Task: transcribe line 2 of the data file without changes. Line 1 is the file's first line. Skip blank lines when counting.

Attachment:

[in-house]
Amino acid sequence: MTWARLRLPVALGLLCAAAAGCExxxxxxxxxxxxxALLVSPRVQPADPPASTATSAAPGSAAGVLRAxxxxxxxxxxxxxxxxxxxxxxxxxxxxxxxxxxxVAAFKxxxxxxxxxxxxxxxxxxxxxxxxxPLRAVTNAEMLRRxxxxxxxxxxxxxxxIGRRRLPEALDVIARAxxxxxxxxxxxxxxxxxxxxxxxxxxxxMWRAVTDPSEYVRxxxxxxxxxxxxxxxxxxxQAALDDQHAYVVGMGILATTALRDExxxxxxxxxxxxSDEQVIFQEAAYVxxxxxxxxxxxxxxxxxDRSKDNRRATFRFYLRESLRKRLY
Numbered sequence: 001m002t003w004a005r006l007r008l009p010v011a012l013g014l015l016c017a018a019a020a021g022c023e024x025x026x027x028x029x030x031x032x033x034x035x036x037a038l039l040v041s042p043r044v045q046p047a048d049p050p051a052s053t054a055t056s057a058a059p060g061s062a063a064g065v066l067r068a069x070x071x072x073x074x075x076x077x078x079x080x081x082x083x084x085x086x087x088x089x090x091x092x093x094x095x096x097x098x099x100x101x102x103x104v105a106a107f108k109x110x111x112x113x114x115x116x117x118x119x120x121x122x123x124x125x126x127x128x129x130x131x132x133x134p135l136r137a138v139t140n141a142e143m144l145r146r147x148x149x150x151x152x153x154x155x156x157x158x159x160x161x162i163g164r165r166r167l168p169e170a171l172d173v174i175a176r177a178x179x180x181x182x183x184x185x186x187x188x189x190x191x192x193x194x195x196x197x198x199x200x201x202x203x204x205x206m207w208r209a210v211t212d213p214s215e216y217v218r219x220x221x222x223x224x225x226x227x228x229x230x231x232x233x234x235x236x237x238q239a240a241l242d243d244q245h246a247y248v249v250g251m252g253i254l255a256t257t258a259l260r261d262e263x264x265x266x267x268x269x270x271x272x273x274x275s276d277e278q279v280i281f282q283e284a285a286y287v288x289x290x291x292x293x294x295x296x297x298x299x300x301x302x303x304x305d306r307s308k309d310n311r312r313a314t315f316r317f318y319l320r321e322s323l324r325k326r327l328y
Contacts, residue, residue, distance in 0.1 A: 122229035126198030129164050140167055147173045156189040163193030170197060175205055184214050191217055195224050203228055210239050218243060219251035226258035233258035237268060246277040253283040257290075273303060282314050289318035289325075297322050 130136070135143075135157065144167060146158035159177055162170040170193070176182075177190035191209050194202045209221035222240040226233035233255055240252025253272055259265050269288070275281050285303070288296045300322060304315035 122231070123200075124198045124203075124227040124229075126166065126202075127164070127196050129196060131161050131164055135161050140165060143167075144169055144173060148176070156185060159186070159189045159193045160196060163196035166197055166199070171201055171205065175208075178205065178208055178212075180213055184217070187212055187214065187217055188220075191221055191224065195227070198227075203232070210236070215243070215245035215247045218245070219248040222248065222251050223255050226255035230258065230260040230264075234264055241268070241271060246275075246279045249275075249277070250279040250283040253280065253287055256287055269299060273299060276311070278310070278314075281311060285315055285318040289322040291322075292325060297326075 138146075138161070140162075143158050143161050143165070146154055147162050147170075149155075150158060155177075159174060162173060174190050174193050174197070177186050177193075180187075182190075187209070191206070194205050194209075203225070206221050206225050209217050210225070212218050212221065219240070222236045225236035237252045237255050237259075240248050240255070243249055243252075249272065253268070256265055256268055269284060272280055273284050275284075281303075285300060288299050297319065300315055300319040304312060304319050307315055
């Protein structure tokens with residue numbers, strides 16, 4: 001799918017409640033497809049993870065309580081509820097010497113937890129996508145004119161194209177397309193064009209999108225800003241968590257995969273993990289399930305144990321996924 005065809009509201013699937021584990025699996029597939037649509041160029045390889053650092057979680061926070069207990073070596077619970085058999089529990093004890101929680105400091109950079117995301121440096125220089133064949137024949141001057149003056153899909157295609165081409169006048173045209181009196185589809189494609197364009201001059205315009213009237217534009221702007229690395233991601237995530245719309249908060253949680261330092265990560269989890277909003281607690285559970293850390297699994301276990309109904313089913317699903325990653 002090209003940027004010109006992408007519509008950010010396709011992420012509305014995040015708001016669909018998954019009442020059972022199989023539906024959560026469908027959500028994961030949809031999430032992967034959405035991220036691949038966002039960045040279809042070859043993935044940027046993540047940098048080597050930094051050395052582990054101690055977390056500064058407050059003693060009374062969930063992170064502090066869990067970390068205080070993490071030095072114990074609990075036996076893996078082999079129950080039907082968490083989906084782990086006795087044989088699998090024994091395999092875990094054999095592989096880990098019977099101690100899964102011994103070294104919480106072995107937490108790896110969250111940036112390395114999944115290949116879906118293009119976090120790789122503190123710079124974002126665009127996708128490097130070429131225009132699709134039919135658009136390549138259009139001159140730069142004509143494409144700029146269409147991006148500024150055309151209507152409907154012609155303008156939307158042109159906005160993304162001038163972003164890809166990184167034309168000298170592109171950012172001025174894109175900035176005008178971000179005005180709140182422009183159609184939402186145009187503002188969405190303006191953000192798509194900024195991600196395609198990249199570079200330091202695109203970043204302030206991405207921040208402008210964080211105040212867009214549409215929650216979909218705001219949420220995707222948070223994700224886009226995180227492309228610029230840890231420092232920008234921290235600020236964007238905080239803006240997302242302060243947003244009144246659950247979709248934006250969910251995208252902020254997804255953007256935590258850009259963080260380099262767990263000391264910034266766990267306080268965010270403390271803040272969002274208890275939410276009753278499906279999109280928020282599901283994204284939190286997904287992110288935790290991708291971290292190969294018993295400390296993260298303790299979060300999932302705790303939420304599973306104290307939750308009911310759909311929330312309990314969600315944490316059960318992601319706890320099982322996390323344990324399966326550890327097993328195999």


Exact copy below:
Amino acid sequence: MTWARLRLPVALGLLCAAAAGCExxxxxxxxxxxxxALLVSPRVQPADPPASTATSAAPGSAAGVLRAxxxxxxxxxxxxxxxxxxxxxxxxxxxxxxxxxxxVAAFKxxxxxxxxxxxxxxxxxxxxxxxxxPLRAVTNAEMLRRxxxxxxxxxxxxxxxIGRRRLPEALDVIARAxxxxxxxxxxxxxxxxxxxxxxxxxxxxMWRAVTDPSEYVRxxxxxxxxxxxxxxxxxxxQAALDDQHAYVVGMGILATTALRDExxxxxxxxxxxxSDEQVIFQEAAYVxxxxxxxxxxxxxxxxxDRSKDNRRATFRFYLRESLRKRLY